It's named separation of concerns. The example takes the principle beyone the scope of the classes and objects.
A vague description of the components could be:
Data API is meant to be what we know as DAO.
API app is where the domain model and the business runs at (or part of it), and it's exposed via API web.
These kind of apps might integrate more servicies. That's why they are known as middleware.
The given example illustrate the sort of architecture it's expect to be deployed in the cloud. Microservices.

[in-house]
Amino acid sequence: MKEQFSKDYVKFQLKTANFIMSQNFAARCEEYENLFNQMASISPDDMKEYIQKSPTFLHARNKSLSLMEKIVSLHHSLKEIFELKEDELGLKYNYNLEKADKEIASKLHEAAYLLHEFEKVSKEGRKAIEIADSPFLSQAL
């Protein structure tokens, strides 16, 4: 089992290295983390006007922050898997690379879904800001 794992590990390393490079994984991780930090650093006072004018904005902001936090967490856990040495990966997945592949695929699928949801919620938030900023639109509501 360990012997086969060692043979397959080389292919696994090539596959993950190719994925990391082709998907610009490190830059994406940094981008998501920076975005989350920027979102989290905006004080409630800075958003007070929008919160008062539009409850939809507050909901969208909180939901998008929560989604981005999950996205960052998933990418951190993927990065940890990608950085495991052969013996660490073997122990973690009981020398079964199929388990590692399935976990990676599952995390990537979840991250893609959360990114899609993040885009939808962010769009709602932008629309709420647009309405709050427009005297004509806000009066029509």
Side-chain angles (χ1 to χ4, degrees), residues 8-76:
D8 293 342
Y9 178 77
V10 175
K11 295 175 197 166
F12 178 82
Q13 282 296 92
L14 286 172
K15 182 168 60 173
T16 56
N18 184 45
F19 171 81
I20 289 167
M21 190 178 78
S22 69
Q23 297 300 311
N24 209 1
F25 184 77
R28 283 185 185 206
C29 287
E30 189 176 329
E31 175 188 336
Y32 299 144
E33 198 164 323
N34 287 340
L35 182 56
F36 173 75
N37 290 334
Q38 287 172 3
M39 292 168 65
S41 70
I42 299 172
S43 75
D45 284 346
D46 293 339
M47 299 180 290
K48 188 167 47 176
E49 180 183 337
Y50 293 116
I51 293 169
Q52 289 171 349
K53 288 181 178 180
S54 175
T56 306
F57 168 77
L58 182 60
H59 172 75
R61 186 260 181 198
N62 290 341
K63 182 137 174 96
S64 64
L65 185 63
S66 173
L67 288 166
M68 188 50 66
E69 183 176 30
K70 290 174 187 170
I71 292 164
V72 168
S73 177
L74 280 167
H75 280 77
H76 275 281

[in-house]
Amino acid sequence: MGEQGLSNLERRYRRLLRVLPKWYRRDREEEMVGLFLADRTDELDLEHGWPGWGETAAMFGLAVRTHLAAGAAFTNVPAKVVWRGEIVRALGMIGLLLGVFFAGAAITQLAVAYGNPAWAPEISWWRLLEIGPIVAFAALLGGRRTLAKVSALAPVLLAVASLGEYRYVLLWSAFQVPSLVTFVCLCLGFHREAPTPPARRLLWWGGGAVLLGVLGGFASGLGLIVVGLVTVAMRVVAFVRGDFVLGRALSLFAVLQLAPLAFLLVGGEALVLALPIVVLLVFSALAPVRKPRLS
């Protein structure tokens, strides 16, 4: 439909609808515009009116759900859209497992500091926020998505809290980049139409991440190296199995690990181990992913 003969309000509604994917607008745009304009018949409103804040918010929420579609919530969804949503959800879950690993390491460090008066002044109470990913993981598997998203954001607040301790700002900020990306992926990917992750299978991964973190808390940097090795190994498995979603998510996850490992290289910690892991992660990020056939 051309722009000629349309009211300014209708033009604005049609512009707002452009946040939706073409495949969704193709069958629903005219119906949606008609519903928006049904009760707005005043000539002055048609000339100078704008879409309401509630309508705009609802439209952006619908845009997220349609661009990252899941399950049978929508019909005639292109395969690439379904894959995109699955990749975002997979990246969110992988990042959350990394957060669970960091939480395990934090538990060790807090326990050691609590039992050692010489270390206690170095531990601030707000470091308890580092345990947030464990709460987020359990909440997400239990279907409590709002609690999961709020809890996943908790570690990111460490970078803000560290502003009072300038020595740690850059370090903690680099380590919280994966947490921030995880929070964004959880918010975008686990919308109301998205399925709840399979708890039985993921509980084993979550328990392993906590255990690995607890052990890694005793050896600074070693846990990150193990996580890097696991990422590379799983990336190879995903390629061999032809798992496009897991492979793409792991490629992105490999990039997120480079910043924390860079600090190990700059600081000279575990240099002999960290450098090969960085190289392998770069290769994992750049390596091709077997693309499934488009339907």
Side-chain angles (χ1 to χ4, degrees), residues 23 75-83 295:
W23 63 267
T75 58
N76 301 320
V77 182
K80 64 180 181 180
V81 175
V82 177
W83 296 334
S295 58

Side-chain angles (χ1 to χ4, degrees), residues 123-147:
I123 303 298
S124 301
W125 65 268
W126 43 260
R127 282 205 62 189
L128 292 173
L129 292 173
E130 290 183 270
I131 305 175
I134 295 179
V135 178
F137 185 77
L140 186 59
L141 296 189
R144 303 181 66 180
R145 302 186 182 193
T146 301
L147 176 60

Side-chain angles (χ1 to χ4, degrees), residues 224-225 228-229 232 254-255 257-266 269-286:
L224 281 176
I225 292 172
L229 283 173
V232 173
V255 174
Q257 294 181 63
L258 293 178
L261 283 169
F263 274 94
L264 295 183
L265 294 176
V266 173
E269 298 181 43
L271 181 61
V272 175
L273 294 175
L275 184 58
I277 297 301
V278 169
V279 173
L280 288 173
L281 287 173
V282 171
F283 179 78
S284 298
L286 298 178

Maybe, the example is too simple and both components (APIs) seem to do the very same thing, but the differences lie on their respective responsabilities (as part of a whole).
why not just connect the DB directly to the API app your external apps
are going to be using?
You could indeed. It's up to you. It's your needs, your requirements, your design. In the case of the example doesn't matter. The system is very simple.
However, in more complex systems, you may suffer what we know as coupling. Not the one between classes. The one between apps/services.
The example is trying to be as simple, complete and suitable to the context (cloud) as possible.